London - Conventional fillings may not be the best way of tackling decay in children’s teeth, research suggests.
A three-year study found no evidence to suggest fillings are more effective at stopping pain and infection in milk teeth than other prevention techniques.
These included sealing the decay into the tooth, or getting the child to cut down on their sugar consumption. For the study, conducted by a number of universities, 1 140 children aged between three and seven with visible tooth decay were recruited by dentists working in one of 72 dental clinics throughout the country.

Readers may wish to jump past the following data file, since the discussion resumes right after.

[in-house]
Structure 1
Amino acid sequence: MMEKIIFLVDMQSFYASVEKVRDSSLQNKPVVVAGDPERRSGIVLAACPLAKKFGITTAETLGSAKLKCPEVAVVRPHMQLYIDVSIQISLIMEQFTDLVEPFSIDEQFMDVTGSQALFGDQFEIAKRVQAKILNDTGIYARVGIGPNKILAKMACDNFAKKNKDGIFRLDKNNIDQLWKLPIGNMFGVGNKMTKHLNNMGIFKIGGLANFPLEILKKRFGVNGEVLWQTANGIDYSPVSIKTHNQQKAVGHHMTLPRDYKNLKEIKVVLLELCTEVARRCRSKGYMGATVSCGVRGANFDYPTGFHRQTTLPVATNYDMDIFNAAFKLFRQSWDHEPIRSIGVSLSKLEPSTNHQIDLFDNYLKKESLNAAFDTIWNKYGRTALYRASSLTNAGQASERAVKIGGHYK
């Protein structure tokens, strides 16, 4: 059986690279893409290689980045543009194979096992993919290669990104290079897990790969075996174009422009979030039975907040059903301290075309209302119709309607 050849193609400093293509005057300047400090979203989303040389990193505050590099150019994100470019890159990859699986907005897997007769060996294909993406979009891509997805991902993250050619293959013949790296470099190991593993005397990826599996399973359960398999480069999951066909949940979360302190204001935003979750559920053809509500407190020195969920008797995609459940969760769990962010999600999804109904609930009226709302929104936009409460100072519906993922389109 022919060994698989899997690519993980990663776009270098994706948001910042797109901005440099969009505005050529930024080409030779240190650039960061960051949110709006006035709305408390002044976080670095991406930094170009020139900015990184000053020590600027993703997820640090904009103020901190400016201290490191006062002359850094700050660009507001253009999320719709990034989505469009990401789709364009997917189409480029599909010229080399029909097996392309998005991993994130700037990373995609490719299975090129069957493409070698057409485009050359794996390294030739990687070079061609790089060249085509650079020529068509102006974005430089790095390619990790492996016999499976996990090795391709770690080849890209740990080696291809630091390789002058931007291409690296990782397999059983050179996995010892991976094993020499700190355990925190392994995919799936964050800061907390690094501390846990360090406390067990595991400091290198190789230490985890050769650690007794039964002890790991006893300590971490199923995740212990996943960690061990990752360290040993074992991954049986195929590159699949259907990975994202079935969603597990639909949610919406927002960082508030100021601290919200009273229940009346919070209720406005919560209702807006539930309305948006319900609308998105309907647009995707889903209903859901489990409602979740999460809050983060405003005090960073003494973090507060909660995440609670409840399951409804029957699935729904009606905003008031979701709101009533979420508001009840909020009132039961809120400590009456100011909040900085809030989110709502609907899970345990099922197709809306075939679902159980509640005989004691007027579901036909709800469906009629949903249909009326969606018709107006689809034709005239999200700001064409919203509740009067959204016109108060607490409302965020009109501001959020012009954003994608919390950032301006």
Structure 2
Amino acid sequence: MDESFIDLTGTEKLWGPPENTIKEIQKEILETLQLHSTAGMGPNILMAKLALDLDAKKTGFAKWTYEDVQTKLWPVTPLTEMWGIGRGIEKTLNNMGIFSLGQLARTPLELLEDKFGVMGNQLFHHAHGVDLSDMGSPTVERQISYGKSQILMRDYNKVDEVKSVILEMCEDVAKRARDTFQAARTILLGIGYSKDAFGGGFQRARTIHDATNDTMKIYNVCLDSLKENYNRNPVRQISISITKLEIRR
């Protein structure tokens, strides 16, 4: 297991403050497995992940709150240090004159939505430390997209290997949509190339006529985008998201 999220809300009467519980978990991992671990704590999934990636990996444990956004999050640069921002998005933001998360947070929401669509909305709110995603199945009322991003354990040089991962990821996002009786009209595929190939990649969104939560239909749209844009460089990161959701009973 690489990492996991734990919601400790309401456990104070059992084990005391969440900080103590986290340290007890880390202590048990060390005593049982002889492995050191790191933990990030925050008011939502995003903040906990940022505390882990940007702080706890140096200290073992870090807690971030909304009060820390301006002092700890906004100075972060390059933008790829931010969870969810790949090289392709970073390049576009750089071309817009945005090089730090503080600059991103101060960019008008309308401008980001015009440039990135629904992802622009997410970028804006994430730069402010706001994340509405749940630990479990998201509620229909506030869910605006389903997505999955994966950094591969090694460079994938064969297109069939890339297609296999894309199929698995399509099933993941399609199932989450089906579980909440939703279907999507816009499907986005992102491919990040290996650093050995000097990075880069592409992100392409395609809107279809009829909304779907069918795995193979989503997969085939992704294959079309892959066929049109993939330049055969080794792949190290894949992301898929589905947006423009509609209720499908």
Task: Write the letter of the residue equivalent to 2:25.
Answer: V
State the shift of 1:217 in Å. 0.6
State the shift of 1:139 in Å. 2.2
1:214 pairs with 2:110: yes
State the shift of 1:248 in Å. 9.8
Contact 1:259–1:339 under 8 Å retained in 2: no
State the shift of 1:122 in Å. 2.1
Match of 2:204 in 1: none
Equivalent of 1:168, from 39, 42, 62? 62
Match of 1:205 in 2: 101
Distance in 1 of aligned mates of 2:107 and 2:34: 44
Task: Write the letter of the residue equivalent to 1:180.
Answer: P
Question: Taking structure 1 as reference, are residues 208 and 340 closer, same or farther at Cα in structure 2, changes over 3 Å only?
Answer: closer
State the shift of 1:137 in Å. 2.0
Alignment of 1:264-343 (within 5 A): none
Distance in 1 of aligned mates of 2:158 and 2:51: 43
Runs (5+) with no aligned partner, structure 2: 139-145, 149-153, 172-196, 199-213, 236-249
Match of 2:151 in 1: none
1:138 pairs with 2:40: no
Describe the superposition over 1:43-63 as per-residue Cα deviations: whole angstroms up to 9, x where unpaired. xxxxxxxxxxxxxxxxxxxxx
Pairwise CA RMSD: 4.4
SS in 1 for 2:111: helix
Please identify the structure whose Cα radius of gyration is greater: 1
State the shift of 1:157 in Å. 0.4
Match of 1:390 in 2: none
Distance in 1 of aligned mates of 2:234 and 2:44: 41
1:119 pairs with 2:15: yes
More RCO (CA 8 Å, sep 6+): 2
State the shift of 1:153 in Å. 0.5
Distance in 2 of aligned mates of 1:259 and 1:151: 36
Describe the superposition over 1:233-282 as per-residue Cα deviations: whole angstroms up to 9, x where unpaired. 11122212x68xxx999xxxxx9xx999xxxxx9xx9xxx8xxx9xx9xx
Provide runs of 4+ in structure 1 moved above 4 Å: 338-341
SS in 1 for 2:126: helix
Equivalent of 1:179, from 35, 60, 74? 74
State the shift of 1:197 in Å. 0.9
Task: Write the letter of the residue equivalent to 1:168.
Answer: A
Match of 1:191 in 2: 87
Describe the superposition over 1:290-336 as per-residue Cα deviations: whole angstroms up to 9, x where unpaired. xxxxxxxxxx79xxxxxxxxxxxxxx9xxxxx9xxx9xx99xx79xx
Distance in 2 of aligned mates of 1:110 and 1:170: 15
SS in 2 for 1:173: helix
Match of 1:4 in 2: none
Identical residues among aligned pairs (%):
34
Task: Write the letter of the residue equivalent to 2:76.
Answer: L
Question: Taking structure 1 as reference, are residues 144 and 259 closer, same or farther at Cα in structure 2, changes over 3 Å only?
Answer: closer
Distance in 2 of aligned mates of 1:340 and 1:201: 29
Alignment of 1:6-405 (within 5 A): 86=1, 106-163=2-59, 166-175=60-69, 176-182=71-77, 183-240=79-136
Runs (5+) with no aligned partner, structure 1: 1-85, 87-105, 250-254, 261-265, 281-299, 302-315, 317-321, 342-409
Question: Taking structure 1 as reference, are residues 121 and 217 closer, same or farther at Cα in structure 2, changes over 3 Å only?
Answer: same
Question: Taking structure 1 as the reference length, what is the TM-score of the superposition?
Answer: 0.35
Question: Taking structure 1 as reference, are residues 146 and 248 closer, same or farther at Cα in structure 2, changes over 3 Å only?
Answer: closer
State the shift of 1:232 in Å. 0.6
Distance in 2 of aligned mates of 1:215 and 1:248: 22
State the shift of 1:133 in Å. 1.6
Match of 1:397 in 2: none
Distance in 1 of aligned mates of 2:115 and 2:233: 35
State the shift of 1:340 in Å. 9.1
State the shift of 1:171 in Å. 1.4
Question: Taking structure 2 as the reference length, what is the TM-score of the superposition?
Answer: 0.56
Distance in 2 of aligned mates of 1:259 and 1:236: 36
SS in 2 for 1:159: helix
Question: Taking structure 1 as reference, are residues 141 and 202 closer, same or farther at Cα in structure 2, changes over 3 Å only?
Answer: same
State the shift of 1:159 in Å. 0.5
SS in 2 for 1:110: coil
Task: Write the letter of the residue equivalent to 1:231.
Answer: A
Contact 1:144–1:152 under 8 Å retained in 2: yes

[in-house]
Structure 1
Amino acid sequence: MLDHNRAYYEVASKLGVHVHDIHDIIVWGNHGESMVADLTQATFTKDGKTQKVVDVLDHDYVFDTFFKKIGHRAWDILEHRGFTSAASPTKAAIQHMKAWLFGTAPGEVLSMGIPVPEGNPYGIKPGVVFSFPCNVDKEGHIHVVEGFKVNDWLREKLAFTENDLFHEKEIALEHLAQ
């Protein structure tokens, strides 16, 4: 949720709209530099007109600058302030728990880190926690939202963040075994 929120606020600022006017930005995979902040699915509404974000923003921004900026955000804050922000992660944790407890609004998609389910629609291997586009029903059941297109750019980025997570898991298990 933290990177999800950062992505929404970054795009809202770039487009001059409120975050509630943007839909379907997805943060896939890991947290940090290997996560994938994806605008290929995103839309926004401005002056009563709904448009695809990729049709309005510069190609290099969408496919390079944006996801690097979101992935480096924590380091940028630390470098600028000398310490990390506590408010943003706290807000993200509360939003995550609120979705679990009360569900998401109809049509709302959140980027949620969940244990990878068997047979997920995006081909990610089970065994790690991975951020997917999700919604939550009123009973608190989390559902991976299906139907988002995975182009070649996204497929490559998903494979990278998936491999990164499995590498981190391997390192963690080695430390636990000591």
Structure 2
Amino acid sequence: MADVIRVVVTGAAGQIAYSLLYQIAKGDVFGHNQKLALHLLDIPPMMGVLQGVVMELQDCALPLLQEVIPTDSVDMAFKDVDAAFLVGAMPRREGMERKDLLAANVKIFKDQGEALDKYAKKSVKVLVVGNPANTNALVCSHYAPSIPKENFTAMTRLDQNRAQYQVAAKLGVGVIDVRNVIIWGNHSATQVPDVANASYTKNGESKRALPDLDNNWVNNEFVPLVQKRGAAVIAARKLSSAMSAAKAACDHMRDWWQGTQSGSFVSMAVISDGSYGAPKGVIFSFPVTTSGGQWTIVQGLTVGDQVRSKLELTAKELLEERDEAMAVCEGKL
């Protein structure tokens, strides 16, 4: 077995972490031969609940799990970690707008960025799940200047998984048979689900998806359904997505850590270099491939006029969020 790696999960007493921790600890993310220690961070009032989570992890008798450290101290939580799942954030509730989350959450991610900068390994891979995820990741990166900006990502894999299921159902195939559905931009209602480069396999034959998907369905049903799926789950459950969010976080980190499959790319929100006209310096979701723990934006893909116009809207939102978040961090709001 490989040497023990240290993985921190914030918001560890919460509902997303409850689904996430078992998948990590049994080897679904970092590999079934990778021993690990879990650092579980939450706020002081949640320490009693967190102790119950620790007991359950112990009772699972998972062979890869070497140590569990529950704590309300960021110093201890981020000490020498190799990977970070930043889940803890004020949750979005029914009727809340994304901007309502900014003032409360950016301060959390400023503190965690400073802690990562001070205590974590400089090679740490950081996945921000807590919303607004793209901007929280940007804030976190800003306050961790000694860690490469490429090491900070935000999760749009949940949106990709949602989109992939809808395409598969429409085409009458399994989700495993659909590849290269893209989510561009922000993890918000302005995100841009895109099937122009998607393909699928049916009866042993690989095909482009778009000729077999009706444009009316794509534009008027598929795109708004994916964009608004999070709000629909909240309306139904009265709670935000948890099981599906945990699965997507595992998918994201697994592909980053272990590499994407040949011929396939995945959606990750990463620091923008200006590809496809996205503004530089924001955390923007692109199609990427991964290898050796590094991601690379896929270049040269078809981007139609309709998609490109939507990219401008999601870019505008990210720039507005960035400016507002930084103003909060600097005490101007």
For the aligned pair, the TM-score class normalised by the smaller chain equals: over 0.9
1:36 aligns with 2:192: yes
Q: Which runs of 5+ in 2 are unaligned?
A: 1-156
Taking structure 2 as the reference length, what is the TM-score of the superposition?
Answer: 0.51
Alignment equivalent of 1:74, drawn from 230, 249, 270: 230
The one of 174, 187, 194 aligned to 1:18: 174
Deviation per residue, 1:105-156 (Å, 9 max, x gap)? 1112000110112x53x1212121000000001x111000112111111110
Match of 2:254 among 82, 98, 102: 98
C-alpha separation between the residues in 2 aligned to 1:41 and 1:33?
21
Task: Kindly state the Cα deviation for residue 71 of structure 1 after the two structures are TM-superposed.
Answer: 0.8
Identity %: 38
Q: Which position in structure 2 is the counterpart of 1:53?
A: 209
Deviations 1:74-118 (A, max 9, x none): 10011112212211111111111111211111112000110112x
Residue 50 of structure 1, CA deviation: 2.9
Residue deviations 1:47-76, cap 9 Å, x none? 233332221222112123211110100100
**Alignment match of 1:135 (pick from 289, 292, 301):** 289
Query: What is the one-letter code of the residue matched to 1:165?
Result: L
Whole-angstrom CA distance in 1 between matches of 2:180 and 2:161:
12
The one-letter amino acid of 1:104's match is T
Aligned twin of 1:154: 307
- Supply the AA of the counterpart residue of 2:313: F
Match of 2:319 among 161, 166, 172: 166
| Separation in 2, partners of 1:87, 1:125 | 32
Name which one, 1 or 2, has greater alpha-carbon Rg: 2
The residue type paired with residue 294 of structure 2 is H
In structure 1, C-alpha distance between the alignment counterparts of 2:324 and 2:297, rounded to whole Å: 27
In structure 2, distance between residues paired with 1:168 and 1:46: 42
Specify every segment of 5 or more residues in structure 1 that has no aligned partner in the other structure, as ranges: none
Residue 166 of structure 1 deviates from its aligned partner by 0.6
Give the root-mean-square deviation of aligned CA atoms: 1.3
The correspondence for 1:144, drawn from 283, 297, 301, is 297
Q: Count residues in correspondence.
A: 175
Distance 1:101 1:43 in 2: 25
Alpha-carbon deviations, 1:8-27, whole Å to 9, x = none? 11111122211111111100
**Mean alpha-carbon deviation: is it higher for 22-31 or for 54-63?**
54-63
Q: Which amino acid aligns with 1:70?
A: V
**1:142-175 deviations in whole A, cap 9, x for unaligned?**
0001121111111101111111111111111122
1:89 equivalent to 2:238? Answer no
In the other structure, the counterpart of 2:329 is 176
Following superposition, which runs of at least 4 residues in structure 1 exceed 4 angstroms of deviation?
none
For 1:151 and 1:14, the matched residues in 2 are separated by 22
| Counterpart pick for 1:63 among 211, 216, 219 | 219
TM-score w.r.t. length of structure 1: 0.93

One of three treatments was then randomly selected for each child’s dental care for the duration of the trial – up to three years.
The first approach avoided using fillings and aimed to prevent decay by reducing sugar intake and ensuring the child brushed their teeth twice a day with fluoridated toothpaste and placing fissure sealants on the first permanent back teeth.